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Level 2 Legal eDiscovery Solutions

In re State Farm Lloyds: eDiscovery Guidance from the Texas Supreme Court

Chris Schultz eDiscovery Solutions Evp
Chris Schultz, Level 2 Legal's EVP & General Counsel


Unlike the discovery process in many parts of the world, discovery in the United States is designed to be “self-executing” by the parties to litigation – ideally with little (if any) guidance or oversight by judges or magistrates. And in most cases, it is – given the volume of litigation in both the state and federal courts, the number of discovery and eDiscovery issues and disputes that make their way to the bench – let alone into a reported decision – is small.

And so it’s surprising – though welcome – that the Supreme Court of Texas recently issued a 29-page opinion concerning the form in which electronically stored information (or “ESI”) may be requested and produced. In re State Farm Lloyds, __ S.W.3d __, 2017 WL 2323099 (Tex. Sup. Ct. May 26, 2017). [1] The Court itself recognized the unique position it was in: “[w]ith few occasions to enter the fray, we have an opportunity in these consolidated mandamus proceedings to provide further clarity regarding ESI discovery.” Id. at 1.

The technical ESI issues before the Court arose out of an all too common occurrence in Texas, namely home and roof damage from hail and wind storms. In the lower trial courts, plaintiffs challenged State Farm’s denial of insurance claims related to such damage. As discovery began, the parties attempted – unsuccessfully – to negotiate various eDiscovery protocols, with form of production being a particular sticking point.

"Given the volume of litigation in both the state and federal courts, the number of discovery and eDiscovery issues and disputes that make their way to the bench... is small."


The plaintiff homeowners sought production of claim and other documentation in native format for a host of reasons, including that the utility of many documents (such as Excel spreadsheets) is greatly reduced in static form, and that potentially probative metadata could be lost by static productions. State Farm countered that – in the ordinary course of its business – its documents were converted from native into a static form and subsequently stored within its document management system. Attempting to match such static documents (in PDF, TIFF, or JPG form) with “upstream” native ones would be costly and burdensome, State Farm argued. And moreover, according to State Farm, such a matching and native production is not legally required, as production of potentially relevant documents in searchable static form from its document management system would be “reasonably usable” by the homeowners.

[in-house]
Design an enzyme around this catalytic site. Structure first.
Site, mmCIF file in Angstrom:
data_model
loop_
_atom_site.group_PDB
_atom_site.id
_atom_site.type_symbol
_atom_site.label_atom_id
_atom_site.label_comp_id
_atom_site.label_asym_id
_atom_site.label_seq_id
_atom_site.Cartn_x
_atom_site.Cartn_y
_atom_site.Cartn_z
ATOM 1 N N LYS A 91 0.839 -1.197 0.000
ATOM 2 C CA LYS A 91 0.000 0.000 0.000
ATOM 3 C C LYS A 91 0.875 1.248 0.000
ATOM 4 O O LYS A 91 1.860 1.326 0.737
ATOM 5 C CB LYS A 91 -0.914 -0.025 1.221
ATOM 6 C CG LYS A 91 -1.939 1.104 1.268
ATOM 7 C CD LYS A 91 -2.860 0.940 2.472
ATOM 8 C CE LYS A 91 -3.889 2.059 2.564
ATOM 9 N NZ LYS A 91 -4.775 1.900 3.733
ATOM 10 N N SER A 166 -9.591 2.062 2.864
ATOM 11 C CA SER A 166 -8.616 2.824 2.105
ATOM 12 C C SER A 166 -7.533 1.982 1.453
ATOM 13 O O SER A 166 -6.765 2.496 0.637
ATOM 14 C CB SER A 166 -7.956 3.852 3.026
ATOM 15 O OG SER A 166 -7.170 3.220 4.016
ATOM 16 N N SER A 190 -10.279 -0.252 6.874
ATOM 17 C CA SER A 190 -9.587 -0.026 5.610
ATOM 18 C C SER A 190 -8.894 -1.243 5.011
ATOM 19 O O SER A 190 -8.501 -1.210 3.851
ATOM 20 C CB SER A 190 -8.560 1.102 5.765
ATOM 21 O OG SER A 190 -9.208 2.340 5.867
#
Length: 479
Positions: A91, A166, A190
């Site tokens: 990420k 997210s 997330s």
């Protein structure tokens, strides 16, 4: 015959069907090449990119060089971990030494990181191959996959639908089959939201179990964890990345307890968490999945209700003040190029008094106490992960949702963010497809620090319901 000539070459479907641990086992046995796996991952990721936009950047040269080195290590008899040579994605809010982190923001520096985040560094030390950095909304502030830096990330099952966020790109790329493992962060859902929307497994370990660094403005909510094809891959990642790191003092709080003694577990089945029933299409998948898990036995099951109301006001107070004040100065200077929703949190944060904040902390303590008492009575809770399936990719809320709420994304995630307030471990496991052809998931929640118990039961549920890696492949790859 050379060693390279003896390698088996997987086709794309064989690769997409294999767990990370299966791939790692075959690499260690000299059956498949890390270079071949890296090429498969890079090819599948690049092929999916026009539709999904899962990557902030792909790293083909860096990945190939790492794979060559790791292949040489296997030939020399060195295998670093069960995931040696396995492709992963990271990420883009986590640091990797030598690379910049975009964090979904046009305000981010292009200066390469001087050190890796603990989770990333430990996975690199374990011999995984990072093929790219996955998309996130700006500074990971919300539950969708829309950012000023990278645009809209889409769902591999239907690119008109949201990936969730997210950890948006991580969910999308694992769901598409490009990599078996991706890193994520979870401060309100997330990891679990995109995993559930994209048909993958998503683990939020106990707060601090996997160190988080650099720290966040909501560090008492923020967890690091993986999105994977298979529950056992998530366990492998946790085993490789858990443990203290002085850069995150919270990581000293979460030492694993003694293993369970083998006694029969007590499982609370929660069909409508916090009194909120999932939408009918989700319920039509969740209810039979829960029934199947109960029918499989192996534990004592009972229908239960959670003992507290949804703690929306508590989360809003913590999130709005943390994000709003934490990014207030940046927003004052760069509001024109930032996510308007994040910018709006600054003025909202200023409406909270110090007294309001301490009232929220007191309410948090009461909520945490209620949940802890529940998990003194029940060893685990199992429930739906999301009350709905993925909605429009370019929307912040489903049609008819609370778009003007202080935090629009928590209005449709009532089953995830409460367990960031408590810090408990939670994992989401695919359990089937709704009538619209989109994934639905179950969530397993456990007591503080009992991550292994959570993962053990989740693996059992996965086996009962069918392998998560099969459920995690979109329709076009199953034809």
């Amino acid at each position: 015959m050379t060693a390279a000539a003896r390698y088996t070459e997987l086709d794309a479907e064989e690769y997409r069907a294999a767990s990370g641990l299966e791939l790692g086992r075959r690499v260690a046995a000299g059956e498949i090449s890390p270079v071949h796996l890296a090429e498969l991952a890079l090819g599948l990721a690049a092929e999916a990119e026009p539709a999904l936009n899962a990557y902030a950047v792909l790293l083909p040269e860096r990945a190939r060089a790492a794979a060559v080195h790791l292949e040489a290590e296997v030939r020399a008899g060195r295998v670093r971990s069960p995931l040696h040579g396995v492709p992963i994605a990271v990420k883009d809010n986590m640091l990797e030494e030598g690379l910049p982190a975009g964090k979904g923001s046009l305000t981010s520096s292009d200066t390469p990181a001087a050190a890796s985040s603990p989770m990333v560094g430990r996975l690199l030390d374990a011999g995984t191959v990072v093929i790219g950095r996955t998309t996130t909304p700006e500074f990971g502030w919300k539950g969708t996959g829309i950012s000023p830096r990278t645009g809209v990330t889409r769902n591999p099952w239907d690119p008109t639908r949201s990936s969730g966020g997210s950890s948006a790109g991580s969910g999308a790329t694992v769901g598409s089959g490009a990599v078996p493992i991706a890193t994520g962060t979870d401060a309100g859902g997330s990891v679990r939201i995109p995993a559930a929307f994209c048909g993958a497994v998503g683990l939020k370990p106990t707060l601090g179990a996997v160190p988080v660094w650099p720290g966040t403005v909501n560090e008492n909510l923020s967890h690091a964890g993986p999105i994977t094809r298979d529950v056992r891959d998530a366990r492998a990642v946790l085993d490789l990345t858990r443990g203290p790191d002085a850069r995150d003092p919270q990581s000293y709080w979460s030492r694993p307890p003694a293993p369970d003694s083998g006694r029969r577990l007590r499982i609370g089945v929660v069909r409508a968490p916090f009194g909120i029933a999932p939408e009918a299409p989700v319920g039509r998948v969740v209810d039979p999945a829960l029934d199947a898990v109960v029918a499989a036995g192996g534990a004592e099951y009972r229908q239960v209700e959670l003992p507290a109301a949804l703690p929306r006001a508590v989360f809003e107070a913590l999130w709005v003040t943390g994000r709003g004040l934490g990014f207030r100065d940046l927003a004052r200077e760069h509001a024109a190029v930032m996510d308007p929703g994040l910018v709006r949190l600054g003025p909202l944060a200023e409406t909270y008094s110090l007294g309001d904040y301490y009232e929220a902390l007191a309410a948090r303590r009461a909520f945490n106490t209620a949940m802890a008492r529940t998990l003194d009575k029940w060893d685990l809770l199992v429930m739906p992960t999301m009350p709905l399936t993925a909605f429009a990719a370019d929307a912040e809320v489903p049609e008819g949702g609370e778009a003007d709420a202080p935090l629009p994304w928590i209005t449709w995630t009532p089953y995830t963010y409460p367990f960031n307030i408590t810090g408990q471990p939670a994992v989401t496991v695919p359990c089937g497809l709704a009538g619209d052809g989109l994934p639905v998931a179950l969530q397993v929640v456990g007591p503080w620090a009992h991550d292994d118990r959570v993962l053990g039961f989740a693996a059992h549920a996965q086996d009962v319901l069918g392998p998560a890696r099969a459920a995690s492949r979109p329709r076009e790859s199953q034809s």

The homeowners eventually succeeded in moving the trial court to order native production of documents. State Farm mounted an unsuccessful appeal, following which it sought relief before the Texas Supreme Court. Because “neither the trial court nor the parties had the benefit of the guidance we seek to provide today,” the Supreme Court denied “the petitions for writ of mandamus without prejudice, affording the relator [State Farm] an opportunity to reurge its discovery objections to the trial court in light of this opinion.” Id. at 4.

The Supreme Court had two, overarching goals in writing its opinion: to “(1) clarify that neither the requesting nor the producing party has a unilateral right to specify the format of discovery under [Texas Rule of Civil Procedure] 196.4 and (2) provide guidance regarding the application of Rule 192.4’s proportionality factors in the electronic-discovery context.” Id. at 10. The Court stated that “[w]hen a reasonably usable form is readily available in the ordinary course of business, the trial court must assess whether any enhanced burden or expense associated with a requested form is justified when weighed against the proportional needs of the case.” Id. at 16.

The Court went on to say that “[t]he proportionality inquiry requires case-by-case balancing in light of the following factors.” Id. The factors identified by the Court include:

1. Likely benefit of the requested discovery;

2. Needs of the case;

3. Amount of controversy;

4. Parties' resources;

5. Importance of the issues at stake in the litigation;

6. Importance of the proposed discovery in resolving the litigation; and

7. Any other articulable factor bearing on proportionality.

Id. at 16-23.

In conclusion, the Court stated that “[t]oday, we elucidate the guiding principles informing the exercise of discretion over electronic-discovery disputes, emphasizing that proportionality is the polestar. In doing so, we further a guiding tenet of the Texas Rules of Civil Procedure: that litigants achieve a ‘just, fair, equitable and impartial adjudication . . . with as great expedition and dispatch and at the least expense . . . as may be practicable.’” Id. at 29. Welcome guidance and admonition from Texas’ highest court.

[1] Citations throughout are to the PDF version of the opinion publicly available at http://law.justia.com.